In Cairns, the group watched cane being harvested and were given a guided tour of a sugar mill. While in Atherton and touring the Tableland, they observed operations at the silos and were shown the extensive maize farming on the Tableland. Exposure to the luxuriant vegetation, vivid colours, and wonderfully generous people in the North, presented the pupils with plenty of new experiences. The Commissioner of Railways had hoped that this exposure to new places and people would inspire them so they would recount their travel experiences to their families and friends, acting as enthusiastic publicity agents for the charms and famed hospitality of the Far North.
To stimulate even more interest, Mr Davidson offered prizes for the best essays submitted by the young Queenslanders on their impressions of the tour. This is where our Alma Hartshorn enters the story. Once back home, Alma set to writing a beautifully descriptive and detailed account of her time away. Her essay finished with words that would have warmed the Commissioner for Railways’ heart: ‘I should like to … remind Queenslanders that they have no need to go abroad or even to other States to see unsurpassable beauties of Nature.’ Alma’s was one of the winning essays. Unfortunately, we do not know what prize Alma received, but she kept the leather wallet that accompanied her prize and, folded up inside for safekeeping is the newspaper article reporting her winning entry. The wallet, with its treasured clipping still where Alma put it so many years ago, is now lodged safely in the School archive.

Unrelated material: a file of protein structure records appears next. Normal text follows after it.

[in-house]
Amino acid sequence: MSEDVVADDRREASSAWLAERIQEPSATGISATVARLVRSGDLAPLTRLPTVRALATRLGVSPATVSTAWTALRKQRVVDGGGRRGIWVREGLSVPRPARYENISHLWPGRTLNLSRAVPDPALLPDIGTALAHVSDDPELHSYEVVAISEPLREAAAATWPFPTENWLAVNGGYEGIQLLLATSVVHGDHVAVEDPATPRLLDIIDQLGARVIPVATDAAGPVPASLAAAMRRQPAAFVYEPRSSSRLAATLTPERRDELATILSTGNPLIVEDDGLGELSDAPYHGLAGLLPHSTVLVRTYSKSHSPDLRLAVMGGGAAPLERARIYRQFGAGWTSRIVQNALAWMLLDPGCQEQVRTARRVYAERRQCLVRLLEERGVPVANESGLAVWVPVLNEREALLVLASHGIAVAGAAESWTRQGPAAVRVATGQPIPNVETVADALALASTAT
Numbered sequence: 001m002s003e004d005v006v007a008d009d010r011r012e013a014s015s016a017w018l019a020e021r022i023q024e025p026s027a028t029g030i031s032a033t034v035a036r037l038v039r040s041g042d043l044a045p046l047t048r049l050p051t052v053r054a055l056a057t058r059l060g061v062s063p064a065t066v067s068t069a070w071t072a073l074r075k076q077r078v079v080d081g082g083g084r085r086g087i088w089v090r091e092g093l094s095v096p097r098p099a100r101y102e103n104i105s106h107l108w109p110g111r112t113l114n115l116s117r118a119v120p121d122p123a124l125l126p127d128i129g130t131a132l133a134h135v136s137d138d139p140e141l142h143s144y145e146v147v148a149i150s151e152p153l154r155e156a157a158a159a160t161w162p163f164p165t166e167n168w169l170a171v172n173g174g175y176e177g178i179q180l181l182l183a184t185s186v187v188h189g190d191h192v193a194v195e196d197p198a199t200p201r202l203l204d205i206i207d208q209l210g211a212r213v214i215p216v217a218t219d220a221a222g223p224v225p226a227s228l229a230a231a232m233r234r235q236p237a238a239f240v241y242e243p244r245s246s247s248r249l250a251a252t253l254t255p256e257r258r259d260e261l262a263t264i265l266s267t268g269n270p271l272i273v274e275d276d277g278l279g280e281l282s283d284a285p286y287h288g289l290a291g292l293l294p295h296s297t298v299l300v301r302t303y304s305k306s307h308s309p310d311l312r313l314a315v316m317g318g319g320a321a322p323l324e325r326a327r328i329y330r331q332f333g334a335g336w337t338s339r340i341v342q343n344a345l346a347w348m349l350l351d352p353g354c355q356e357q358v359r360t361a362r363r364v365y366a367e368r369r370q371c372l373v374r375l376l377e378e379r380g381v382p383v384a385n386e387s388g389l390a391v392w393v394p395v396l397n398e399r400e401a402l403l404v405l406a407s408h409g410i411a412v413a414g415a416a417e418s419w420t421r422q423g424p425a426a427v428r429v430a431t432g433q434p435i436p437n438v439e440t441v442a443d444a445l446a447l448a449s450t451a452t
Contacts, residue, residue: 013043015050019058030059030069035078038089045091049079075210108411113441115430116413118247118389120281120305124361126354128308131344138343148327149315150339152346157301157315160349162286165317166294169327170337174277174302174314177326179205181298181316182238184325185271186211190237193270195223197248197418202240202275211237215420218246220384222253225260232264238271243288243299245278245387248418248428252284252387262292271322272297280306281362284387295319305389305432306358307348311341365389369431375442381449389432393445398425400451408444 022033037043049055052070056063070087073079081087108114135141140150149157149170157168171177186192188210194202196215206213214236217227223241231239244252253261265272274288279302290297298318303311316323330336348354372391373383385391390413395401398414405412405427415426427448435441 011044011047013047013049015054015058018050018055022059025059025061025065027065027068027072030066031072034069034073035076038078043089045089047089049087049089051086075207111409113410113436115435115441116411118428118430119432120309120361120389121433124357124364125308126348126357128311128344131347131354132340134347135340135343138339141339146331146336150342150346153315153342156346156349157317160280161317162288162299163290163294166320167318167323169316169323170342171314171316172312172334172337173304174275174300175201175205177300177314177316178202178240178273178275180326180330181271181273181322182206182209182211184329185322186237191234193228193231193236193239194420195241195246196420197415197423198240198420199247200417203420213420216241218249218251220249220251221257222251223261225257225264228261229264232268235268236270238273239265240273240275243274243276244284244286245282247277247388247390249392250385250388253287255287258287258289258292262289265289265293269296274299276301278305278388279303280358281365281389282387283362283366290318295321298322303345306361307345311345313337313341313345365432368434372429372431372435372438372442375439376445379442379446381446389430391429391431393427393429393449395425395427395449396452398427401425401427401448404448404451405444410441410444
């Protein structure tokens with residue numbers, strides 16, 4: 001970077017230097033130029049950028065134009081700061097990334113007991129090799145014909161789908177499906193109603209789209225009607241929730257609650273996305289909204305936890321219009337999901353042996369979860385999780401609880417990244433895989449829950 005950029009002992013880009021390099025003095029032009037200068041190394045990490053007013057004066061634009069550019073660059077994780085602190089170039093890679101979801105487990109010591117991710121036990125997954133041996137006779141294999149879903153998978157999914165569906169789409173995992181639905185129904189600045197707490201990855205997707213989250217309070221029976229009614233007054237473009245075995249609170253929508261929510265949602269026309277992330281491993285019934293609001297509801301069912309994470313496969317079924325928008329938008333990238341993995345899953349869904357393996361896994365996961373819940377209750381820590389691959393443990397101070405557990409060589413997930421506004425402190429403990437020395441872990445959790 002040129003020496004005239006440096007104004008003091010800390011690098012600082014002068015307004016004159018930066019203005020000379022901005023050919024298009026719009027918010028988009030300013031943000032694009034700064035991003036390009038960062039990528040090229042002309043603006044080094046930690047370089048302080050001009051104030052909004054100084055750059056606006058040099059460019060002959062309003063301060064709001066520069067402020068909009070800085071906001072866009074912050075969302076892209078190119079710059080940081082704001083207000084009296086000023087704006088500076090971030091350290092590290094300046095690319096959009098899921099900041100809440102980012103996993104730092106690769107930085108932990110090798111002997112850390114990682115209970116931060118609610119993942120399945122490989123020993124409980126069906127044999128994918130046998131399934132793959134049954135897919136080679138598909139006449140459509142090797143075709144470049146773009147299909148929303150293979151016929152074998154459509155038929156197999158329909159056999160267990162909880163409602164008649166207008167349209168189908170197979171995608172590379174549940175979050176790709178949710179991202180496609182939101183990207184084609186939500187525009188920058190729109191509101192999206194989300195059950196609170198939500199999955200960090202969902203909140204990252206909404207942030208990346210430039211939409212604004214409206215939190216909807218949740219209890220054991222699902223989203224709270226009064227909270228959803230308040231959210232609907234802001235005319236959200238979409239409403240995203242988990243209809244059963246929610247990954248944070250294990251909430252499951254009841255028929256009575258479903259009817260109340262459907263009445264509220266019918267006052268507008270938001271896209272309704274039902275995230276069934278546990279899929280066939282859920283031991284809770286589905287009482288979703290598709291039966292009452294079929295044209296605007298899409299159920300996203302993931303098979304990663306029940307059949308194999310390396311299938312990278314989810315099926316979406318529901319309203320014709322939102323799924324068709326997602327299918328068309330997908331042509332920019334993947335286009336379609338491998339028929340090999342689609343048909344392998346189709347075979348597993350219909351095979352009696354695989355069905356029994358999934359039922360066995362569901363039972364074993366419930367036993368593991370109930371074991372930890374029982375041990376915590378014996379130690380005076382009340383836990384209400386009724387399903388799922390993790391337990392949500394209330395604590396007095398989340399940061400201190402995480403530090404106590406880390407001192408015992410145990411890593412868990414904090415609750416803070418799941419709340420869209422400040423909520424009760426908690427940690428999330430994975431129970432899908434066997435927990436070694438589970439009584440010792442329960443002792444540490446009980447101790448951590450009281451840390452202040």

In 1929, this trip lasted 14 days and was the first of its kind for the School. However, it was the beginning of looking beyond the ‘picket fence’ and Spring Hill for extended possibilities to learn. Modern Grammar girls would certainly recognise the philosophy of their School that aims to show them not only how to become better acquainted with the beauty and resources of their state, but also how to venture even further and explore the world.
Mrs Jenny Davis
Librarian, special collections
Tour of North: Young Queenslanders – Big Railway Scheme. The Sunday Mail, 23 June 1929
Hartshorn, Alma’s winning essay titled ‘My impressions of the tour through North Queensland’ published in The Sunday Mail, 18 May 1930.
- Geisel. ‘The sunny North. Dalby Citizen’s tour’. Dalby Herald, 12 July 1929.